The hosts fought back on the final day but, fittingly, it was Ballesteros who condemned the US to their first defeat on home soil with a 2&1 win over Curtis Strange, giving Europe a 15-13 victory and sparking celebrations that included Olazabal's dance across the 18th green.
Ian Woosnam, on Jacklin: "What this man has done today, he deserves a knighthood."
1991 - The War on the Shore
Amid the of backdrop the Gulf War, US captain Dave Stockton sought to maximise the sense of patriotism. At the pre-match dinner before the Kiawah Island tournament, a 40-minute film showing only American triumphs was screened, while Corey Pavin played wearing a Desert Storm cap.
It was a bad-tempered affair. Olazabal and Ballesteros had a row with Paul Azinger and Chip Beck over the latter pair's desire to change their ball, and Stockton failed to inform Europe captain Bernard Gallacher that Steve Pate had withdrawn from the singles through injury.
Everything came down to the final match between Bernhard Langer and Hale Irwin.
On the 18th, Langer had a six-foot putt to win his match and retain the Ryder Cup with an overall tie, but his miss saw Europe lose for the first time since 1983 as they went down 14½-13½.
Dave Stockton: "Most of the controversies were in Bernard Gallacher's mind - he saw suspicious happenings around every single corner."
1999 - Battle of Brookline
With his side trailing 10-6 before the singles, US captain Ben Crenshaw asked the governor of Texas and future US President, George W Bush to address his players and saw them roar back to win the first six matches.
Now needing to beat America's Justin Leonard, Olazabal was four up at the turn but was pegged back to all-square going down the 17th.
When Leonard holed a 40-foot put for birdie, the green was invaded by most of the US team, who believed that would be enough to seal the Cup, even though Olazabal still had the chance to halve the hole.
As it was, the US did seal the biggest comeback victory in Ryder Cup history with a 14½-13½ win, but it was tainted by a supreme breach of golfing etiquette.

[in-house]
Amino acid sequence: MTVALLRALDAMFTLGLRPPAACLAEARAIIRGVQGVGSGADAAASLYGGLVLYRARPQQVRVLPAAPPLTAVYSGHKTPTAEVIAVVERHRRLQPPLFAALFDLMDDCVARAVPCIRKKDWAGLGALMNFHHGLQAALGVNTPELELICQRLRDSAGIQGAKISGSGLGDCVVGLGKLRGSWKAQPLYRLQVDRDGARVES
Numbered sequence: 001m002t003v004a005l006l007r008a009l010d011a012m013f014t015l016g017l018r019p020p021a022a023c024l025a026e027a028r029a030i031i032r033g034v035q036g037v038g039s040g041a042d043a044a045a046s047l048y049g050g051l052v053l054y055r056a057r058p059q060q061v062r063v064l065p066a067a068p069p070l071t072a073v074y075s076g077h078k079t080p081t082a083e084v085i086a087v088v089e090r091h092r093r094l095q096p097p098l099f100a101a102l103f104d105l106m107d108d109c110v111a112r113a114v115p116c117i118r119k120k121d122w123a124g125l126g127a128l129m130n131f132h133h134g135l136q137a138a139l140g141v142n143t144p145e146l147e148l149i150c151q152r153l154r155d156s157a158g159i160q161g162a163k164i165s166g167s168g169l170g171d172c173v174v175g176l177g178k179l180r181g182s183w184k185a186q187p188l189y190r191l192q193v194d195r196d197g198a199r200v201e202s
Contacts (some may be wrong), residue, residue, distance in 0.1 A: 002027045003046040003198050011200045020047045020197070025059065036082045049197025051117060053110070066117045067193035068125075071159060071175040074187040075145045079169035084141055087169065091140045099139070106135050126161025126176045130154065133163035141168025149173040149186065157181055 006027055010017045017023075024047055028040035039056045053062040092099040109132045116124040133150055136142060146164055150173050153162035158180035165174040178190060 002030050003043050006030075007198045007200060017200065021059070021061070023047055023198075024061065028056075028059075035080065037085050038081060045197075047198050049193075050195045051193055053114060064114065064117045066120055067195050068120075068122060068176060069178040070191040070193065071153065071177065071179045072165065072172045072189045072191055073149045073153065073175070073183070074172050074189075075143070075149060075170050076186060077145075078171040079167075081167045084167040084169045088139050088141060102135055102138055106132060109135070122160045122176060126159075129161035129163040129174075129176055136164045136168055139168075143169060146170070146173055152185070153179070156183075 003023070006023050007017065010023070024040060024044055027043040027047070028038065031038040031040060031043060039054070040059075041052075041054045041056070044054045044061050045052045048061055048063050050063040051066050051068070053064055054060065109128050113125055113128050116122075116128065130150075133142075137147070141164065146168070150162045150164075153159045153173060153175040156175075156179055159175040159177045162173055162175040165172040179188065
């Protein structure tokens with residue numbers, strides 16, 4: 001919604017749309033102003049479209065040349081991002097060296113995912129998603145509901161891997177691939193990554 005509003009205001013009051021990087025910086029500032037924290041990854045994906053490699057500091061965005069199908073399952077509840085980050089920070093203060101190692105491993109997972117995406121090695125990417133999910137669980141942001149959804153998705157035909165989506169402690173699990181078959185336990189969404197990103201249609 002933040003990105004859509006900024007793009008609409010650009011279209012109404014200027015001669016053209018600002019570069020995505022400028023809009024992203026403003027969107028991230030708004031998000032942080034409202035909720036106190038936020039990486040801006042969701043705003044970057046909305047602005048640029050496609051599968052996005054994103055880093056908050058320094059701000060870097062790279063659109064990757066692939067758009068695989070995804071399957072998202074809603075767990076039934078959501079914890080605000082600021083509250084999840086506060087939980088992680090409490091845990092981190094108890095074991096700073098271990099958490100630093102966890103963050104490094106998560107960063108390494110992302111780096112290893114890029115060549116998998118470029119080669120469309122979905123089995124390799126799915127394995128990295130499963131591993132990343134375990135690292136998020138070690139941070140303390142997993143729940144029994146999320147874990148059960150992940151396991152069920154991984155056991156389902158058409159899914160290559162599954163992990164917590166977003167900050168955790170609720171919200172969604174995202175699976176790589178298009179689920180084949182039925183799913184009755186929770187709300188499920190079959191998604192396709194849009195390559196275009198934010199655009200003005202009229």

Jose Maria Olazabal: "When it was all over, I went to the locker room and almost every member of the team was crying. It brought us together, so that moment had its positives."
2004 - Hal hammered at Oakland Hills
Captain Hal Sutton began his bid to regain the Cup by pairing Tiger Woods and Phil Mickelson together twice on the opening day. The move backfired, with them being beaten in both matches.
There was no way back for the home side and, with Sutton lurching from blunder to blunder, Europe had a massive 11-5 lead going into the singles.
Colin Montgomerie holed the winning putt as Europe recorded a winning margin of 18½-9½, America's heaviest defeat, and one that was matched two years later.
Hal Sutton: "I made mistakes and I take full responsibility for the mistakes that I made."
2010 - Magic Monday
Heavy rain at Celtic Manor caused havoc, with Europe taking 5½ points from the two foursome and four fourball matches played on the Sunday to lead 9½-6½ ahead of the singles.
On the first ever fourth-day finish in Cup history, the United States mounted a singles comeback and, with one match to play, the scores were level at 13½-13½.
Europe captain Colin Montgomerie had one ace left in the form of US Open champion Graeme McDowell. As the ropes were lifted and players mixed with the gallery, McDowell birdied the 16th to go two up with two to play against Hunter Mahan. When the American duffed a chip on the 17th, the Ryder Cup was back in European hands.
Colin Montgomerie: "I didn't hit a shot, yet it is a proud, proud moment for me personally. It's an amazing feeling to have won."
BBC Two & BBC HD Channel schedule
Friday, 28 September (all times BST)
23:59-02:00 - BBC Two & BBC HD channel - Highlights from Day One
Saturday 29 September
11:00-13:00 - BBC Two & BBC HD channel - Repeat of Day One highlights
23:59-02:00 - BBC Two & BBC HD channel - Highlights from Day Two
Sunday 30 September
14:00-16:00 - BBC Two & BBC HD channel - Repeat of Day Two highlights
23:00-01:00 - BBC Two & BBC HD channel - Highlights from Day Three
Monday 1 October
19:00-20:00 - BBC Two & BBC HD channel - Repeat of Day Three highlights